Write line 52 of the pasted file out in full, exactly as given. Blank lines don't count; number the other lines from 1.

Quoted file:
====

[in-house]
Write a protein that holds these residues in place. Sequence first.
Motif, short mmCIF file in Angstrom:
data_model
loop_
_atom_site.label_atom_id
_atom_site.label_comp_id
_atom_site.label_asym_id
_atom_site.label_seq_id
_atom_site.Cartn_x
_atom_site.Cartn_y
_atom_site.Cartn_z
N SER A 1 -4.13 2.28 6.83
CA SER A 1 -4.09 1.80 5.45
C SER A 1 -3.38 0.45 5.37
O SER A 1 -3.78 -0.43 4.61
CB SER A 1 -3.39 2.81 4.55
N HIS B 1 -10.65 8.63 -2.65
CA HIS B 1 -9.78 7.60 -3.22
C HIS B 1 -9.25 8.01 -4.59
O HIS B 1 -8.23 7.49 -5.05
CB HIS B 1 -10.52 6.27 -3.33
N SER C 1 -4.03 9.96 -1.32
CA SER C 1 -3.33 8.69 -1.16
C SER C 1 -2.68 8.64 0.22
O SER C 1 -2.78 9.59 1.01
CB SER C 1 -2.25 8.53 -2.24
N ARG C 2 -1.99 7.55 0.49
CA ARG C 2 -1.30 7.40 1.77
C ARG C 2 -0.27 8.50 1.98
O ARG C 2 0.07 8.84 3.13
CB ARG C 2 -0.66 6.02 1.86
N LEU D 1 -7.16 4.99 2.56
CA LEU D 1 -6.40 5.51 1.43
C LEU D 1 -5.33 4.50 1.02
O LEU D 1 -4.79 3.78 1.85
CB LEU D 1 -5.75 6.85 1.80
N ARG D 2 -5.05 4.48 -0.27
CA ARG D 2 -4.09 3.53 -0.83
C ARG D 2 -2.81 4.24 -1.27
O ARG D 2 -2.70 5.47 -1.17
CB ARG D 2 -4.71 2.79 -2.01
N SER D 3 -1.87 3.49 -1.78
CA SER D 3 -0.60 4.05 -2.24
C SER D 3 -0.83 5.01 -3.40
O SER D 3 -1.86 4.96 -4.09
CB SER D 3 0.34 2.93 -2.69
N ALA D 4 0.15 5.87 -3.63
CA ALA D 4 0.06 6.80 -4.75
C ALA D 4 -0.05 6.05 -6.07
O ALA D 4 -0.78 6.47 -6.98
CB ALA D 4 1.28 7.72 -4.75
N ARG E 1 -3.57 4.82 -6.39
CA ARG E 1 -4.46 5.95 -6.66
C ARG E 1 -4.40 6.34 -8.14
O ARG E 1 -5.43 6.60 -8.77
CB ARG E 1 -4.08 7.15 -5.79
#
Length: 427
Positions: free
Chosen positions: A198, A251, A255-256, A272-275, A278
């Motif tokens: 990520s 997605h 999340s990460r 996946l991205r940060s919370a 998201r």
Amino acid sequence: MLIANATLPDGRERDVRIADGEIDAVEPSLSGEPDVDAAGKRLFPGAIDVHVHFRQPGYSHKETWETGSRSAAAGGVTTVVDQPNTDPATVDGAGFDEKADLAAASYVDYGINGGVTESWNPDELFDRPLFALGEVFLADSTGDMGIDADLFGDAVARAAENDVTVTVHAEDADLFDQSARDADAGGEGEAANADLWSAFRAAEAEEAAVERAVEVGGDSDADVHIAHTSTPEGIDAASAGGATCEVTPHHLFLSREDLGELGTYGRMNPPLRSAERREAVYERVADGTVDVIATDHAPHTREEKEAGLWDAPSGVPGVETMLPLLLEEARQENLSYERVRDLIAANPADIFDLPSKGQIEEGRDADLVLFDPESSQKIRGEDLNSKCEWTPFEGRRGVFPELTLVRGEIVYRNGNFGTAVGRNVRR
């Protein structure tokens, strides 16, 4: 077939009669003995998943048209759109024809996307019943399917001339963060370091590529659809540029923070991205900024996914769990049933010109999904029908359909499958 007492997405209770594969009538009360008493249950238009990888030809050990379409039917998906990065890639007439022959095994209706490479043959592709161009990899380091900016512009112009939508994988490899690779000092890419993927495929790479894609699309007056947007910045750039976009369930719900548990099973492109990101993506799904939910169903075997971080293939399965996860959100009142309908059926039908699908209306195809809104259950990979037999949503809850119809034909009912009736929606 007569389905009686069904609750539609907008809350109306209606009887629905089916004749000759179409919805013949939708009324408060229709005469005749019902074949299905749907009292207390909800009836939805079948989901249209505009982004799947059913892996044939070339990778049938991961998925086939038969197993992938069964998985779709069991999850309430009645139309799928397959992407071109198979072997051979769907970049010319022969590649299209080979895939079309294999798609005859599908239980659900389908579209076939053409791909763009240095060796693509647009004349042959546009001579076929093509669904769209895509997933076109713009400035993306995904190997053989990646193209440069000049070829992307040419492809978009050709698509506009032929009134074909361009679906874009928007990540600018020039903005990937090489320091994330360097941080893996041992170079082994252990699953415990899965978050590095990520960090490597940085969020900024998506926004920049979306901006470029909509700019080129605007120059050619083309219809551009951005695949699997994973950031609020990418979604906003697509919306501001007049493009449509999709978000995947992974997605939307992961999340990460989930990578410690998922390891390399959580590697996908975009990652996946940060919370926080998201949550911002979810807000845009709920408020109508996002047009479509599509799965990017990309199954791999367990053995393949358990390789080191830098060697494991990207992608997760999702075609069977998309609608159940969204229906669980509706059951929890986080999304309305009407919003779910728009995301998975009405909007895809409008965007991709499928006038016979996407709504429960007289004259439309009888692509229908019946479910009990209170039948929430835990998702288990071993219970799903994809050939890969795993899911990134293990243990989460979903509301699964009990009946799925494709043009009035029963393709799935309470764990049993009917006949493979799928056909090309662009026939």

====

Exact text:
CB ALA D 4 1.28 7.72 -4.75